A smashing November jobs report tempered fears of a looming recession and snuffed out any expectations of another Federal Reserve interest rate cut at its meetings on Dec. 10 and 11.
Total nonfarm payroll employment in the U.S. spiked by 266,000 jobs in November, data from the U.S. Bureau of Labor Statistics showed, significantly beating the consensus economist estimates that had been in the 180,000-185,000 range.
Unemployment dipped one-tenth of a percentage point from October to 3.5%, the lowest rate in 50 years. The labor force participation rate ticked down by one-tenth of a percentage point as well, to 63.2%.
The U.S. labor market proved "remarkably resilient" despite continued worries over trade battles and weaker global growth, Leslie Preston, senior economist at TD Economics, wrote in a research note.
The report means the Federal Reserve "can sit comfortably on the sidelines" at its upcoming meeting on Dec. 11 after cutting rates three times this year.
"As long as international risks do not intensify and hurt confidence domestically, the American economy will remain in expansion, supported by a healthy consumer," Preston wrote.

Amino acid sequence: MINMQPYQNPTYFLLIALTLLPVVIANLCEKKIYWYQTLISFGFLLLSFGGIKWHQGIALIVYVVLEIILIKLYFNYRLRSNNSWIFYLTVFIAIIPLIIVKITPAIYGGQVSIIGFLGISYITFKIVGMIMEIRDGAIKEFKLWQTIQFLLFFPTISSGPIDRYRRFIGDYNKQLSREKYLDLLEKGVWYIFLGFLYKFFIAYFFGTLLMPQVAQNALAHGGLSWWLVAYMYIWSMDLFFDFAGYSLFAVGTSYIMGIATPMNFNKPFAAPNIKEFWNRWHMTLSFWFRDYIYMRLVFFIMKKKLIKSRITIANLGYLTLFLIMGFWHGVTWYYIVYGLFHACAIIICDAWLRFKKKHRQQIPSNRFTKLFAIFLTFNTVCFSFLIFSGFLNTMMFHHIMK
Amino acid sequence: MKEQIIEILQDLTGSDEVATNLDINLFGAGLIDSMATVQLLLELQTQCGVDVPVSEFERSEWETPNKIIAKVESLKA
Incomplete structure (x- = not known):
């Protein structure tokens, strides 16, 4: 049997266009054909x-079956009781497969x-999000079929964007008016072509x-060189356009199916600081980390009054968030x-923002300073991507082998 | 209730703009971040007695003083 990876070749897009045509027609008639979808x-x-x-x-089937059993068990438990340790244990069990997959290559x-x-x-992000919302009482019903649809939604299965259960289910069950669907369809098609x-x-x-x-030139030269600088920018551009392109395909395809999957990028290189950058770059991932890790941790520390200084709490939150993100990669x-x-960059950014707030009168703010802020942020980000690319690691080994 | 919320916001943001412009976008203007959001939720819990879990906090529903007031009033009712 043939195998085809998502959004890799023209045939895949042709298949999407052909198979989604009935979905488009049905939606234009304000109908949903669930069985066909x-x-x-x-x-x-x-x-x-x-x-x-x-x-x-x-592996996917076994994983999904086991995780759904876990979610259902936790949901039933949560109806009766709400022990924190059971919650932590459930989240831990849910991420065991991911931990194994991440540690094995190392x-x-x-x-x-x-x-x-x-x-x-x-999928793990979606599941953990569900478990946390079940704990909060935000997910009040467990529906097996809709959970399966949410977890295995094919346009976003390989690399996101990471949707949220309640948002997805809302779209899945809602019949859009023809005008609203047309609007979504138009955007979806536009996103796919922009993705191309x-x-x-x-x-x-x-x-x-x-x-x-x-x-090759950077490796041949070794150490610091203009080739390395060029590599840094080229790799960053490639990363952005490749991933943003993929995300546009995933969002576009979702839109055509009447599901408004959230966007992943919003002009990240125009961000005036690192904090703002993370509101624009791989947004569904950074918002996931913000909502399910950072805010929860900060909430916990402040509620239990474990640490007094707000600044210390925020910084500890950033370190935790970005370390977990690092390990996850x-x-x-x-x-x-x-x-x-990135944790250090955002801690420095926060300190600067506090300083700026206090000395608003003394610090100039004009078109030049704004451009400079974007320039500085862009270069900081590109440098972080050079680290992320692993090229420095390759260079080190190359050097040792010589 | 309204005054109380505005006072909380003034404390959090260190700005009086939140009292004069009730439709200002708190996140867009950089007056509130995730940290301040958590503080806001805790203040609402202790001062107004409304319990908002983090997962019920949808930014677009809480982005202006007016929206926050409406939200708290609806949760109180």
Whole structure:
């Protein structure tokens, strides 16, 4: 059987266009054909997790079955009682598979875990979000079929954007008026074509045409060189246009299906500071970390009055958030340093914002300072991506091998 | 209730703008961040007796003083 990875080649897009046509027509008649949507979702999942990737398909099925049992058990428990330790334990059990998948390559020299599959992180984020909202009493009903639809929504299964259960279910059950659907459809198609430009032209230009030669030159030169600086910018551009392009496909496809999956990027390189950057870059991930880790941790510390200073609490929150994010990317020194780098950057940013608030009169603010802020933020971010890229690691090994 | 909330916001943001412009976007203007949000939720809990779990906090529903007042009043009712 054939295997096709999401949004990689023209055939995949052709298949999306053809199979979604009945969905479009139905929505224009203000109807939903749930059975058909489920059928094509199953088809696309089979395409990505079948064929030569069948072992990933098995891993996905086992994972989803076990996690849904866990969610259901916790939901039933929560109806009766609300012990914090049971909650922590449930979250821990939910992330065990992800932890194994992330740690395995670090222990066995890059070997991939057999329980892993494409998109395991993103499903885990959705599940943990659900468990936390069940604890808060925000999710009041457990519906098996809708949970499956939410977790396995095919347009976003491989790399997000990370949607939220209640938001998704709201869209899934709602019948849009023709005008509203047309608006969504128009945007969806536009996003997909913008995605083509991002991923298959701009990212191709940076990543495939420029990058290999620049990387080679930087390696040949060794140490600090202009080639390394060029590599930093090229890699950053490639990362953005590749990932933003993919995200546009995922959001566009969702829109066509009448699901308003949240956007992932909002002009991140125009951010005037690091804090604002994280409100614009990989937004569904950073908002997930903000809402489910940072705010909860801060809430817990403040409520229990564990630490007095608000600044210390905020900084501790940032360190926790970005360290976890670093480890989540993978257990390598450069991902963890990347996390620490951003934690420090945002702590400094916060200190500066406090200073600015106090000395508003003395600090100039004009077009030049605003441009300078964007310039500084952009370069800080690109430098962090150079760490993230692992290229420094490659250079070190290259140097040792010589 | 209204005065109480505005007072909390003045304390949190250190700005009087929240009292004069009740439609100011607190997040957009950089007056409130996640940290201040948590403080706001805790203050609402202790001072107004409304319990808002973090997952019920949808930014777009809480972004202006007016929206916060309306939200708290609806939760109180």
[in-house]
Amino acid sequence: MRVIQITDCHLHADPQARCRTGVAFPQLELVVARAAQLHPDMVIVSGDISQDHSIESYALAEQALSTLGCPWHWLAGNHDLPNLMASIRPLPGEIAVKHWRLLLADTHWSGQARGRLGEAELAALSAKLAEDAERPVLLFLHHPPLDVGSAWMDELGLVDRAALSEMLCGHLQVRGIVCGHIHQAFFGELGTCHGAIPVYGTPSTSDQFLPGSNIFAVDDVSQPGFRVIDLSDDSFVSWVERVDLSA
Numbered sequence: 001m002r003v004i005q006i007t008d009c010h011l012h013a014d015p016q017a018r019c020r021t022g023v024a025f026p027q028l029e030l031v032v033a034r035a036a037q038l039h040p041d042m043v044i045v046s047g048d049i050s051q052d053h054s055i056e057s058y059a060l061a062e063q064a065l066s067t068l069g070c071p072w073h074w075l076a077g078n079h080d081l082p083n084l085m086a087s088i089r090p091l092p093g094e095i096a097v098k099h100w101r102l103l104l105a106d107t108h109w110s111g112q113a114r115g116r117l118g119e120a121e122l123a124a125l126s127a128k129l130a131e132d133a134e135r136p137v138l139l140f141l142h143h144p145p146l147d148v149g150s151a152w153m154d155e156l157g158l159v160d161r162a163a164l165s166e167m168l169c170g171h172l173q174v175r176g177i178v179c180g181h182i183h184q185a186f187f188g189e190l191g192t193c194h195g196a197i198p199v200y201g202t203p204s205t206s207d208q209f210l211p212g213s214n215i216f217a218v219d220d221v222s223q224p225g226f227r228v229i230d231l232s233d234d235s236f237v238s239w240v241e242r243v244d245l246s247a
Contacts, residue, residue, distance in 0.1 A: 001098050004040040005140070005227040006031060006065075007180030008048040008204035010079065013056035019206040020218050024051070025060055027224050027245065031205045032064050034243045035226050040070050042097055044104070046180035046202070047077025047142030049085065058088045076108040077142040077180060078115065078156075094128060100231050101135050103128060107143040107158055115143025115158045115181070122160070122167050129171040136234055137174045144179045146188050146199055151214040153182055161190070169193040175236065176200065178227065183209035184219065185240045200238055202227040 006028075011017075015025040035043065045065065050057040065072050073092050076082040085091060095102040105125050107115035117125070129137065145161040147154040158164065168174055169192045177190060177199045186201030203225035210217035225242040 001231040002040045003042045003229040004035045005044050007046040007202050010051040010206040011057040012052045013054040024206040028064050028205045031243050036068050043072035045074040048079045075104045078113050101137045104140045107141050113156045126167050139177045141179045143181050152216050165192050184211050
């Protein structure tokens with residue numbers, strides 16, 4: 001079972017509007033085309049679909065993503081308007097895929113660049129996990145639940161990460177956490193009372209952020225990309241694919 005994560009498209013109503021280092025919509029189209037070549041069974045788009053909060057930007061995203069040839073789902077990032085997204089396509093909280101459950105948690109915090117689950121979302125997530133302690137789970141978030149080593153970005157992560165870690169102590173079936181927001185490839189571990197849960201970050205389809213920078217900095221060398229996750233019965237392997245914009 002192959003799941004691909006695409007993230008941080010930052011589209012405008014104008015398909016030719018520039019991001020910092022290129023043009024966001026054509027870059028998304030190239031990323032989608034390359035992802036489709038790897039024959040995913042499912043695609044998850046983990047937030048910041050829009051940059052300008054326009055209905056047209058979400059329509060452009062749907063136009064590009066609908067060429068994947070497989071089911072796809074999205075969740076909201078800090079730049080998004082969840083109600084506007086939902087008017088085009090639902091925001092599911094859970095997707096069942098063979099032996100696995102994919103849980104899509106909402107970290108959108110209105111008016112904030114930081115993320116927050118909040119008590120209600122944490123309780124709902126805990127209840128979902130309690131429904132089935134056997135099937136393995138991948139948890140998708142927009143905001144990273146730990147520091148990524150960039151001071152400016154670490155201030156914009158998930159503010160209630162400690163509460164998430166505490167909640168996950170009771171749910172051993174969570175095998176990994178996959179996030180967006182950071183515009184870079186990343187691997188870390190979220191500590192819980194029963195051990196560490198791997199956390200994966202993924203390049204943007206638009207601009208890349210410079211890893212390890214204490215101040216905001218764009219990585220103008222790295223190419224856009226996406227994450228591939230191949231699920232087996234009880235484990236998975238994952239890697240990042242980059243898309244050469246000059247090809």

The monthly job growth was the best since January and was in part driven by a 45,000-job boost each in the healthcare and hospitality sectors.
It also got a lift from a rise in motor vehicles and parts employment, which jumped by 41,000 jobs in November and reflected the return of General Motors Co. workers who had previously been on a six-week strike, the BLS said. Overall, manufacturing jobs picked up by 54,000 in November after falling by 43,000 in October.
Ryan Sweet, director of real-time analytics for Moody's Analytics, said even after stripping out the boost from the GM strike, job growth was "very strong" in November.
"This pace isn't sustainable, but trend job growth and the unemployment rate suggest that there isn't anything wrong with the labor market," Sweet said in an interview. "It appears that the Fed has pulled off a soft landing for the economy."
Stocks reacted well to the report.
The Dow Jones Industrial Average was up 264.82 points to 27,942.61 as of 10:38 a.m. ET, while the S&P 500 was up 25.87 points to 3,143.30.
The strong November report follows a slightly less-impressive jobs report from October, though that month's 128,000 added jobs had also topped economists' expectations. The U.S. has added an average of 180,000 jobs each month this year, the BLS said.
Meanwhile, average hourly earnings rose 3.1% on a yearly basis in November, topping market expectations of 3.0% annual growth but dipping down from October's year-over-year growth rate of 3.2%.